Our house was built in 1936 and therefore retains a lot of character and quirkiness that new homes don’t have. By character and quirkiness I mean; bad wiring, busted heaters, leaking roofs, and clogged sewer lines. We’ve been dealing with that last unmentionable item recently and it hasn’t been pretty.
Similar to other communities, older neighborhoods in Los Angeles have issues with sewer lines becoming blocked and jammed with tree roots. This causes a backup into the overflow system which in our case happens to be located in the front yard right next to the front door.
A plumber (pipe snake specialist) was called in and the issue was resolved without spending a lot of money but eventually the pipes will have to be replaced. Fortunately our problem wasn’t as bad as these poor souls but seeing sewage in your front yard is never a good thing.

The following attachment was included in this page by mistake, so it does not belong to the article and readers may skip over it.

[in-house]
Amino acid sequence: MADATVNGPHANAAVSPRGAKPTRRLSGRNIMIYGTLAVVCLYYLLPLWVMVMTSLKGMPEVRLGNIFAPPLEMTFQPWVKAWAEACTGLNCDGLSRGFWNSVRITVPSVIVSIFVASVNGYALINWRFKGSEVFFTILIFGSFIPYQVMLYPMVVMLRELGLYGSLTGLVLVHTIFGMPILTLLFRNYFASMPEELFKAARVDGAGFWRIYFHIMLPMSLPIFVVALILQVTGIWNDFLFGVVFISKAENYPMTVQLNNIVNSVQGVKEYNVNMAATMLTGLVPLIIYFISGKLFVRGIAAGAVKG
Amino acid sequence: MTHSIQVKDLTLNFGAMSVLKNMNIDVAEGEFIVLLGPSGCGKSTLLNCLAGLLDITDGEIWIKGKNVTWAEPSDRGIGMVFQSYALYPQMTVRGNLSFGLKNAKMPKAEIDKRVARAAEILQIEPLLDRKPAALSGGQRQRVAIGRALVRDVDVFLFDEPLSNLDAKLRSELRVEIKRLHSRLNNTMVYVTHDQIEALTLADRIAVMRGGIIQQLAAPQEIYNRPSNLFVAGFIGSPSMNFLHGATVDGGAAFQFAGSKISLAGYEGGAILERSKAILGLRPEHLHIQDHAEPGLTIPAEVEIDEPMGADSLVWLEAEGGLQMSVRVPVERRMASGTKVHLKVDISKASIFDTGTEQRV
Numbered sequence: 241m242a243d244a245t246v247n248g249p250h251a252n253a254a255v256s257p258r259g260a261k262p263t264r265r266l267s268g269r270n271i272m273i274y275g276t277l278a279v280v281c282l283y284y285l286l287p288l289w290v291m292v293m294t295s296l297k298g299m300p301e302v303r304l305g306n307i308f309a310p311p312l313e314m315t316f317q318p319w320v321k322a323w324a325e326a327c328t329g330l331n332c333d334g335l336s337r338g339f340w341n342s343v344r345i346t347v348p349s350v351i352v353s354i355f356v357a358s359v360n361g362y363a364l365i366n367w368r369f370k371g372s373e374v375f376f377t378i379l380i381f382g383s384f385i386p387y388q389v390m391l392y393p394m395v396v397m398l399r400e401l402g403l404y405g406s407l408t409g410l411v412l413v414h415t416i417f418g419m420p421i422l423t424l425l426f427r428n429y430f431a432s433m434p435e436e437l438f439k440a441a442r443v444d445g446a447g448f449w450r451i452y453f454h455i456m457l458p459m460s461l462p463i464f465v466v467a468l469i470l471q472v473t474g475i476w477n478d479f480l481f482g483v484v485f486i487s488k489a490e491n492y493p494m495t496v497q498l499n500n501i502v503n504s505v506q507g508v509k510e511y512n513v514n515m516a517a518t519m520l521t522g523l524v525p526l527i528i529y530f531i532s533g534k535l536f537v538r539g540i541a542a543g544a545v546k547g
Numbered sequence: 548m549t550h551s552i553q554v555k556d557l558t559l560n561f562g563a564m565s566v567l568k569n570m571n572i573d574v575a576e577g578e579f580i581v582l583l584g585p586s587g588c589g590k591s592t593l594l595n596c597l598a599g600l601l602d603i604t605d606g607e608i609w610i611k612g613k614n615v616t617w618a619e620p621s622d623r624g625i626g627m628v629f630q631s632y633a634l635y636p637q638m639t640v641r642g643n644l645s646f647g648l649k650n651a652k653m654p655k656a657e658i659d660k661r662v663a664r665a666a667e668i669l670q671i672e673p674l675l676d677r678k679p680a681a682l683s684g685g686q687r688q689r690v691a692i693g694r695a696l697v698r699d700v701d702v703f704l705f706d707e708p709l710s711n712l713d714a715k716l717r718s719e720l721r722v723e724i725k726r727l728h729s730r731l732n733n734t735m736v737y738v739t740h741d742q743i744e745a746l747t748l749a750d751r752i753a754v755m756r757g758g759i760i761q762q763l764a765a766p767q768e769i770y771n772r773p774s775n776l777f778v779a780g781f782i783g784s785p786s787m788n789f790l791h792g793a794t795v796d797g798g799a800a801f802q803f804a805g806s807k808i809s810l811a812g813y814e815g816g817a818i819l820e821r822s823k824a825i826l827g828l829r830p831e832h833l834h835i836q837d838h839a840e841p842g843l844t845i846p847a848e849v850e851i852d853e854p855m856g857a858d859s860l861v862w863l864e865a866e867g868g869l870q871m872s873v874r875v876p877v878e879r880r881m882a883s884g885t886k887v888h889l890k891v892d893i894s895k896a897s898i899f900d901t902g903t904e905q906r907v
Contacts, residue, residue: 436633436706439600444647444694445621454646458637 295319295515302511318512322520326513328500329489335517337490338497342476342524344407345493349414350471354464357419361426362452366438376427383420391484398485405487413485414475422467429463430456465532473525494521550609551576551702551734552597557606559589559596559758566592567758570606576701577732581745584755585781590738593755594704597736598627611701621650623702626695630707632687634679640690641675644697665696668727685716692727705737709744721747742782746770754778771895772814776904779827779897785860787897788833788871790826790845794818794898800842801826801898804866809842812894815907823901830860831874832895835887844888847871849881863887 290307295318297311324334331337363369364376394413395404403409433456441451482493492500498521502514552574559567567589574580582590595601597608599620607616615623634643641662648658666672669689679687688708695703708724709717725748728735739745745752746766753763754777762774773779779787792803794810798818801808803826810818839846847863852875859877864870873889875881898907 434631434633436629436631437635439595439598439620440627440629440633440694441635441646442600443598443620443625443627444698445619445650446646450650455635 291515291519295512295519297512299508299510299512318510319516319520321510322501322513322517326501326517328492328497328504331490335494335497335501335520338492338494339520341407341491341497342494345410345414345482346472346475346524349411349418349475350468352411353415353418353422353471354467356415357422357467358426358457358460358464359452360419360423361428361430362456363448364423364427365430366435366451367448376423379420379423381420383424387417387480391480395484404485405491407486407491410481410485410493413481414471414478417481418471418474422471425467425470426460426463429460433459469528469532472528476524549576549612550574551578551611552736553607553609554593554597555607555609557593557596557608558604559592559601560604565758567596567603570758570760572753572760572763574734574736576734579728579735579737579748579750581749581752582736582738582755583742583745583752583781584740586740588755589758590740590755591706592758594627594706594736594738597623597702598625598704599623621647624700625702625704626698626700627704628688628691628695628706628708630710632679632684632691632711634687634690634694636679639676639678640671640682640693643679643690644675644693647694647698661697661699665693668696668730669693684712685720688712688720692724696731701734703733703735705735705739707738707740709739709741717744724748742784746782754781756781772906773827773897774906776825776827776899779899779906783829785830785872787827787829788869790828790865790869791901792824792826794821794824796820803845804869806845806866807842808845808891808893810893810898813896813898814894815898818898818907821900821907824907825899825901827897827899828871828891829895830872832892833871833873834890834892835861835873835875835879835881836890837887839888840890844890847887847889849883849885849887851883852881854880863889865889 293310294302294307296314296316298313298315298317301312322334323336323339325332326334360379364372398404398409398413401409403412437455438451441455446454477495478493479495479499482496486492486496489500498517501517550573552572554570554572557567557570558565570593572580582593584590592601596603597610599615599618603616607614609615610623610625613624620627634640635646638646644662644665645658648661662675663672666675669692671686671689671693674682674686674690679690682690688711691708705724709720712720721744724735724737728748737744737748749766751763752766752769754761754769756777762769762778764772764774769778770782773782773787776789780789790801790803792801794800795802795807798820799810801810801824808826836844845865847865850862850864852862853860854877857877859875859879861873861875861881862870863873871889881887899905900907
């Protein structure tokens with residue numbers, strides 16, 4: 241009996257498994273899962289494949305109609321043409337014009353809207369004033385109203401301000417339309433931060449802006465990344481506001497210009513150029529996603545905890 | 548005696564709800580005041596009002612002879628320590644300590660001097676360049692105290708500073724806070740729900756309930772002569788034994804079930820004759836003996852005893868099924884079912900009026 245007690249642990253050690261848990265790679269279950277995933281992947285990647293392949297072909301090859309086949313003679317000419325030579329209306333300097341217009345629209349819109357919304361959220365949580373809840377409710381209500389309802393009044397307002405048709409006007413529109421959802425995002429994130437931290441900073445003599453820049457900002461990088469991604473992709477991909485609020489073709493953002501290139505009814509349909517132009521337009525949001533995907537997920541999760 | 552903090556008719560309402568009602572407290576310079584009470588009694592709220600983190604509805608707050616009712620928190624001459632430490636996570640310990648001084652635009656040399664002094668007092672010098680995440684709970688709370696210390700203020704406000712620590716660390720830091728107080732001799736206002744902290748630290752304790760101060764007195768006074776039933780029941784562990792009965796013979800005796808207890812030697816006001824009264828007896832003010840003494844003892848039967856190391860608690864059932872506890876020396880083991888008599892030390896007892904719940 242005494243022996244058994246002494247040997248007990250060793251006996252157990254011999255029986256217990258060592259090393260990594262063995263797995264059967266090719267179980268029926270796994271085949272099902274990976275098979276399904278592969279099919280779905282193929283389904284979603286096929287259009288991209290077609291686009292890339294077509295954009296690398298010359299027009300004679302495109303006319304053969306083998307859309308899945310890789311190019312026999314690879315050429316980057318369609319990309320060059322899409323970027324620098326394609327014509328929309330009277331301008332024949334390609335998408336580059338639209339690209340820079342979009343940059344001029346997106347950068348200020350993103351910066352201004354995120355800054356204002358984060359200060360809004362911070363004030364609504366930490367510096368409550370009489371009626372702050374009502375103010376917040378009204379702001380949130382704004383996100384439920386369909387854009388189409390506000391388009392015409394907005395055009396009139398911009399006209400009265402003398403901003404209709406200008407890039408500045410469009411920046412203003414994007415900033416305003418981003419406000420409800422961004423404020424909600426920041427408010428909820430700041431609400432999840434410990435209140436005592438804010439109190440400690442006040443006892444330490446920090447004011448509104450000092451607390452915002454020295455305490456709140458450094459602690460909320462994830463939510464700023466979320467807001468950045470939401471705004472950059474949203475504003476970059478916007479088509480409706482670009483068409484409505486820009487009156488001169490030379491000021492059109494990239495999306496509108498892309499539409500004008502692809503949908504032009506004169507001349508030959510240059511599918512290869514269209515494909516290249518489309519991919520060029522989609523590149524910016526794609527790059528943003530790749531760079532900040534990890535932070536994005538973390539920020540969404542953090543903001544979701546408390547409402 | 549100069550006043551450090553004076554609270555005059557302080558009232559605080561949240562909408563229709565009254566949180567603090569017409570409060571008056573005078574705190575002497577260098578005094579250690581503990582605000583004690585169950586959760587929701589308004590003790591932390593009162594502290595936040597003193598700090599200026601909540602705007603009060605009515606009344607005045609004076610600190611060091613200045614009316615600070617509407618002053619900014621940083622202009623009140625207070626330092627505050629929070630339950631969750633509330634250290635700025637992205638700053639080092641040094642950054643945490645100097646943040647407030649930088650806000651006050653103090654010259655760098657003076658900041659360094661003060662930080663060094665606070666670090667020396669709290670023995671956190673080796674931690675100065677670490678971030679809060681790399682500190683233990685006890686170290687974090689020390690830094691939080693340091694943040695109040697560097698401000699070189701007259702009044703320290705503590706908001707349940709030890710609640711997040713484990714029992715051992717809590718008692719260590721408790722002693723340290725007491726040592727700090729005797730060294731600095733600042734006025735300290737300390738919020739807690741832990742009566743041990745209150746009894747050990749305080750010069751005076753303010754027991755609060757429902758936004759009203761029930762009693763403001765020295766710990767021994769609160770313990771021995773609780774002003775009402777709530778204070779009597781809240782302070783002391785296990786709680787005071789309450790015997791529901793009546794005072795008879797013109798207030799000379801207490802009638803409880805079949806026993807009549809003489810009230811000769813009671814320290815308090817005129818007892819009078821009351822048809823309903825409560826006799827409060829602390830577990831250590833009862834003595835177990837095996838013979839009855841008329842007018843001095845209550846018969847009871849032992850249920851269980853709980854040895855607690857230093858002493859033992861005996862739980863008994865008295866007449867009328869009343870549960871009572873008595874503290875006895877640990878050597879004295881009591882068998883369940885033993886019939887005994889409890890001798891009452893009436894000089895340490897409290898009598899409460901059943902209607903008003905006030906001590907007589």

Tip: If after you flush you see the water return almost to the brim then you’ve got a blockage somewhere that could be beyond your toilet system.
Here are some suggestions for clearing your pipes before it’s too late. This video has some great advice as to what to look for when inspecting a house you may consider buying.
75-foot snake isn’t always the answer
Replace a Sewer Line
How To Snake Your Plumbing
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